Skilled artisans will appreciate that the exemplary embodiment of FIG. 22 may be easily extended to provide two or more input regions in the plane 2204, as shown in FIG. 23. Although only input regions 2305, 2306 and 2307 are shown in FIG. 23, it is understood that additional regions may be provided. For example, separate virtual input devices, such as a QWERTY style keyboard, a numeric keypad and a touchpad, may be provided, respectively, in input regions 2305, 2306 and 2307. These input regions may be assigned to one or more users in an application. In one scenario, each region is assigned to a different user so that multiple users may be able to simultaneously use a single module to enter data for one or more data entry devices by inputting in their individual regions. During processing, the system first determines all actuation events acquired by the video capturing devices, and then sends the acquired actuation information to the respective data entry devices for further processing based on the individual actuation location.

Skilled artisans will also appreciate that the exemplary embodiment of FIG. 23 may be further extended to provide additional input regions lying in two or more individual planes. As shown in FIG. 24, besides input regions 2207, 2205 and 2206 that lie within plane 2204, additional input regions 2402, 2404 and 2405 are provided in separate planes 2401 and 2403 that are at different distances from the devices 2100 and 2101 and parallel to plane 2204. Although only three planes are shown in FIG. 24, it is understood that additional planes may be present. It is further understood that the planes need not be parallel, as they may take on various orientations. The parallel planes 2401, 2403 and 2204 in FIG. 24 containing various input regions enables a layered input method in which input object sets, from the same or different user(s), actuating on the different planes would generate different input symbols or function on the same or different data entry devices. For instance, in a gaming application, various virtual musical instruments may be provided in the input regions within the different planes, thus allowing users to play piano, for example, in input region 2206, guitar in input region 2402, drum in input region 2405, etc. all at once.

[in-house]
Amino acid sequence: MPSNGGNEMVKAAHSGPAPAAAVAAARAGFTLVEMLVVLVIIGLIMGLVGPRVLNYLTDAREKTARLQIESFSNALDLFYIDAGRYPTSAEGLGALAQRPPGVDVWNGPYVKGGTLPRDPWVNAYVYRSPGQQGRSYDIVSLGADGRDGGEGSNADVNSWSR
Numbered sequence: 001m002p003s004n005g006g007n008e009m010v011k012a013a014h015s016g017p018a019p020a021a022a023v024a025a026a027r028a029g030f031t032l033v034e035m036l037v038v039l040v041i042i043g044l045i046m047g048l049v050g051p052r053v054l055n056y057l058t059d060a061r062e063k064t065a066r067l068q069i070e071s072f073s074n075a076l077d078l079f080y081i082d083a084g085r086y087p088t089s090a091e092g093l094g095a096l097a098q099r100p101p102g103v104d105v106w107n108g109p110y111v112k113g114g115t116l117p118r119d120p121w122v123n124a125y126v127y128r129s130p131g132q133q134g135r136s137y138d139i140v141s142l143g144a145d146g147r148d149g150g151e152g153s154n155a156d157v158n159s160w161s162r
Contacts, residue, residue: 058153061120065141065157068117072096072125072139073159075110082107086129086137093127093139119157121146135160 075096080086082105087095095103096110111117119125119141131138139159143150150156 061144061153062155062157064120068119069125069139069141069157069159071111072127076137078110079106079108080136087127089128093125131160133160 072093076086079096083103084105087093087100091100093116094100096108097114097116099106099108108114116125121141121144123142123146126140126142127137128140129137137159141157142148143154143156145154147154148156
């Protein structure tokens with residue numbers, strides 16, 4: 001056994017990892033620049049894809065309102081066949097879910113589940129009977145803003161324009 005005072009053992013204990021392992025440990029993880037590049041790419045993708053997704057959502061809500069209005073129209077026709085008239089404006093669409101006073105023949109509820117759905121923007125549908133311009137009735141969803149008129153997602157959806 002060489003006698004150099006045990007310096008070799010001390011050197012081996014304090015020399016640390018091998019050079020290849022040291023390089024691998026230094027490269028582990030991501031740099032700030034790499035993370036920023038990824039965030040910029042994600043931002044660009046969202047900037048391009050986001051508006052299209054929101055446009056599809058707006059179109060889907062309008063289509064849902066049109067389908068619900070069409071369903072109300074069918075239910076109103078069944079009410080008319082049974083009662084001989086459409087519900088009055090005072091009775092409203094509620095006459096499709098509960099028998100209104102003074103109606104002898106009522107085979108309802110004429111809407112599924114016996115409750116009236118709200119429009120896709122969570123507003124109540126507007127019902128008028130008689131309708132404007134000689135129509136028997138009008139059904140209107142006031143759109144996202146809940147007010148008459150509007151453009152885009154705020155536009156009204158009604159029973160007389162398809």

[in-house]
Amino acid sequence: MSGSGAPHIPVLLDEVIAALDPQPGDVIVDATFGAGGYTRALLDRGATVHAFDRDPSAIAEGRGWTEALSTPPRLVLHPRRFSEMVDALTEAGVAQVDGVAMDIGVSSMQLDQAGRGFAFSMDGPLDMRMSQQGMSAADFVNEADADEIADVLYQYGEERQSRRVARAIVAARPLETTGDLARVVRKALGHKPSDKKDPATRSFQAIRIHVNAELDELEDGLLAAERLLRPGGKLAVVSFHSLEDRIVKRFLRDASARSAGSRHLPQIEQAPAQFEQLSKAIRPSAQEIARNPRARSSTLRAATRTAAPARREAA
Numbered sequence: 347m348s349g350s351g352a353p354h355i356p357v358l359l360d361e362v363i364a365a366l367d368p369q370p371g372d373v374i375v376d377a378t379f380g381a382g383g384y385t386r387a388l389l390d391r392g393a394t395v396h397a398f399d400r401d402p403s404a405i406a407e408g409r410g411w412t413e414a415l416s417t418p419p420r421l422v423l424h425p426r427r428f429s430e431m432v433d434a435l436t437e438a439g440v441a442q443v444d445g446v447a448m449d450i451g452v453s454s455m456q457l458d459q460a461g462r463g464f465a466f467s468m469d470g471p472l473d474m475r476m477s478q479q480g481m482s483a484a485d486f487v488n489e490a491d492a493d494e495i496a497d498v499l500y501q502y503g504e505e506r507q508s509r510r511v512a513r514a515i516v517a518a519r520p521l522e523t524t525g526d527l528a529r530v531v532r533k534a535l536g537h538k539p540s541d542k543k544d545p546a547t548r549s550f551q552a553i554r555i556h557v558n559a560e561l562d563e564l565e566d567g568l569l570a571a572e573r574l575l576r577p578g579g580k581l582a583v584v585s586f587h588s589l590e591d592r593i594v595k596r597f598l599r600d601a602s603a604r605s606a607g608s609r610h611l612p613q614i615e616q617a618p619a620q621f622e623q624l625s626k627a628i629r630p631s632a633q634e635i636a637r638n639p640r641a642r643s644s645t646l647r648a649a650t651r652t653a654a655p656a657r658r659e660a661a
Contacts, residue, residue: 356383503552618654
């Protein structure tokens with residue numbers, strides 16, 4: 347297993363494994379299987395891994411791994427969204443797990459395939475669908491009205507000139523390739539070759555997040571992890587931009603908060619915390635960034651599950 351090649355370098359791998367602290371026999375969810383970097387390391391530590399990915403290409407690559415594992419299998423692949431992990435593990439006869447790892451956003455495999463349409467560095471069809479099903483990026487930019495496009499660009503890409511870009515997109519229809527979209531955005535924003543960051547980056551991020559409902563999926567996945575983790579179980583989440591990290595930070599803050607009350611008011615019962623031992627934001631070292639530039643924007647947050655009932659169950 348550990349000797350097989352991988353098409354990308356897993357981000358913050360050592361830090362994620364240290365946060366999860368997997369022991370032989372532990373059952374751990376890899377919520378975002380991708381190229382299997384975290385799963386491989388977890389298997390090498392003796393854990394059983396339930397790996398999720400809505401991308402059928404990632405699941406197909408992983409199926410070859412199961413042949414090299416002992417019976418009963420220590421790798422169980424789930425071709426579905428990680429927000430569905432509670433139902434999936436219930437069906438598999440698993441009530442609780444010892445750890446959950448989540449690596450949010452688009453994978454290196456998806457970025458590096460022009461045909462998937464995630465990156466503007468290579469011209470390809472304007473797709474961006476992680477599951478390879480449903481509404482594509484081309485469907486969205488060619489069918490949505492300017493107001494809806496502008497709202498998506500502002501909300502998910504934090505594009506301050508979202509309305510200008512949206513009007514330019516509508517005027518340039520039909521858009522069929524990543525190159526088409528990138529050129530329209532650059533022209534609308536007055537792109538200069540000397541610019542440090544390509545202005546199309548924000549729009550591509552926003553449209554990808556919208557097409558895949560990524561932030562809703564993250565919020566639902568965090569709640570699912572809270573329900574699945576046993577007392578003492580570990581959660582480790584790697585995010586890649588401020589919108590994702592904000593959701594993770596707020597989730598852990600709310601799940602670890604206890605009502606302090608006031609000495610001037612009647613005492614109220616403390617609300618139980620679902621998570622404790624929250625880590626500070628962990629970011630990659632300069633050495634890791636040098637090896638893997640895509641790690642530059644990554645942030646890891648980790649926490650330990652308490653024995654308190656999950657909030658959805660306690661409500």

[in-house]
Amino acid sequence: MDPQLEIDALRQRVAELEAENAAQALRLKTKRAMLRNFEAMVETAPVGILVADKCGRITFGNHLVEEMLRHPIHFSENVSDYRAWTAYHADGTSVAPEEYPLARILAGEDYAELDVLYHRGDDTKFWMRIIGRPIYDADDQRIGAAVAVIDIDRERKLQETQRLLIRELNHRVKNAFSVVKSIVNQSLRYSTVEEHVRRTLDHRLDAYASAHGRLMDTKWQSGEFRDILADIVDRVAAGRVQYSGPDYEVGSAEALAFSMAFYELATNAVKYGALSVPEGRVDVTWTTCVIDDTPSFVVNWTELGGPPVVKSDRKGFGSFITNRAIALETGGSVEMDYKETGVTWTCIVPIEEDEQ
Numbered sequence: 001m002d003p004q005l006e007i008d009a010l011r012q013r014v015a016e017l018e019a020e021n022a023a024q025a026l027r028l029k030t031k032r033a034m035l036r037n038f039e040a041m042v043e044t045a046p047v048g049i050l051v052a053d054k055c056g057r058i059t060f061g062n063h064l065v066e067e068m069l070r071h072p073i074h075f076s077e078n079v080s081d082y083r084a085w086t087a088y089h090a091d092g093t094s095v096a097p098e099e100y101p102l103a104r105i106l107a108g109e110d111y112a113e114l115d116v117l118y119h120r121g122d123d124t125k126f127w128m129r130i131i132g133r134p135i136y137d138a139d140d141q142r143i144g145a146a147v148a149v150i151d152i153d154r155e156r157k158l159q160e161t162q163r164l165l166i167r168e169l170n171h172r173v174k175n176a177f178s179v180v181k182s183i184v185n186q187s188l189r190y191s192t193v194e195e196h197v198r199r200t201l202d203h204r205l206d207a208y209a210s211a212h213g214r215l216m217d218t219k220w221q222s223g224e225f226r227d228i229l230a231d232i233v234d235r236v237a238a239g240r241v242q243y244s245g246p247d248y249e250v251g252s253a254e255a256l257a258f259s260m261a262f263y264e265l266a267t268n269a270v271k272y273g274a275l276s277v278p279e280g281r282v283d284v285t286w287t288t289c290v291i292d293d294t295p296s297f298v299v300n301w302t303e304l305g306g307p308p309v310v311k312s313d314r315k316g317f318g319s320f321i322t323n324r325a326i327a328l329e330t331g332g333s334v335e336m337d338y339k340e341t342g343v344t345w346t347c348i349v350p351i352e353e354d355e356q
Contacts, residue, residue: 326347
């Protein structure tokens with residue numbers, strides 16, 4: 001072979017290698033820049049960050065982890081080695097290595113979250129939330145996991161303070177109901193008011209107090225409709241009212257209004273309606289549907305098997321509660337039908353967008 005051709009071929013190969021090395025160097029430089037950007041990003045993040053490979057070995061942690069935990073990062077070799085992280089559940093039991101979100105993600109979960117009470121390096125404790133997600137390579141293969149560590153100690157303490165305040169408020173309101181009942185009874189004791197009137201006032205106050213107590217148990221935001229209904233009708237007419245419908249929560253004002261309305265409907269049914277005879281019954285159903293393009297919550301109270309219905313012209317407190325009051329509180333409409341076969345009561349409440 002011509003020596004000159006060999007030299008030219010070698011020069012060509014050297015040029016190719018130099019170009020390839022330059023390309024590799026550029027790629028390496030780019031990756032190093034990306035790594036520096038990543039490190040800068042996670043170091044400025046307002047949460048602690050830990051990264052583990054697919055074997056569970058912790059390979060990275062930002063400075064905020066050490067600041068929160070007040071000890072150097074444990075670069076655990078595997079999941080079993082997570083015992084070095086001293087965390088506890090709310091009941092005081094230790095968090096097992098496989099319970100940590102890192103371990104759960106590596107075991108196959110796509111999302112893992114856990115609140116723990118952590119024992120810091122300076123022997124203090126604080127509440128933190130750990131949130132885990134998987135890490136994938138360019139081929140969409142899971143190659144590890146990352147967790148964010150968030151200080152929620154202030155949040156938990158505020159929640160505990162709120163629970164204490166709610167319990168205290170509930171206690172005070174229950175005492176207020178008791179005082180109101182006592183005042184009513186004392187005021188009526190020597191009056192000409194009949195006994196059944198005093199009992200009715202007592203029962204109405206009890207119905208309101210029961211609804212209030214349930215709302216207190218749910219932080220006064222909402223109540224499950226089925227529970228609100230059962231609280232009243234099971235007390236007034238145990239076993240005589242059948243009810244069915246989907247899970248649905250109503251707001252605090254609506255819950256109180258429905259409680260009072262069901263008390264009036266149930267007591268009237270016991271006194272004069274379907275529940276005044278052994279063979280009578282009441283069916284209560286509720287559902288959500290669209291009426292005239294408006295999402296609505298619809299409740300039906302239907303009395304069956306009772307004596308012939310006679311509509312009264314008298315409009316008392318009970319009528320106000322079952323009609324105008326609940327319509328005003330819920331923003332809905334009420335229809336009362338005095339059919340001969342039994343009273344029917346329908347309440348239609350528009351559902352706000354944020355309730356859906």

The location of each input region may be adjusted dynamically in a fixed relation to a reference, such as a user's face, shoulders or chest, a corner of the data entry device's retractable panel dedicated for virtual input, a projected point or line on a surface, etc. In one example, an input region lies within a vertical plane that is fixed at one foot distance in front of a user's face. In such cases, the following steps may be used to process user input: 1) detect faces within the captured image frames; 2) assign input region and virtual input device based on the face locations; and 3) carry out process 516 on the assigned input regions.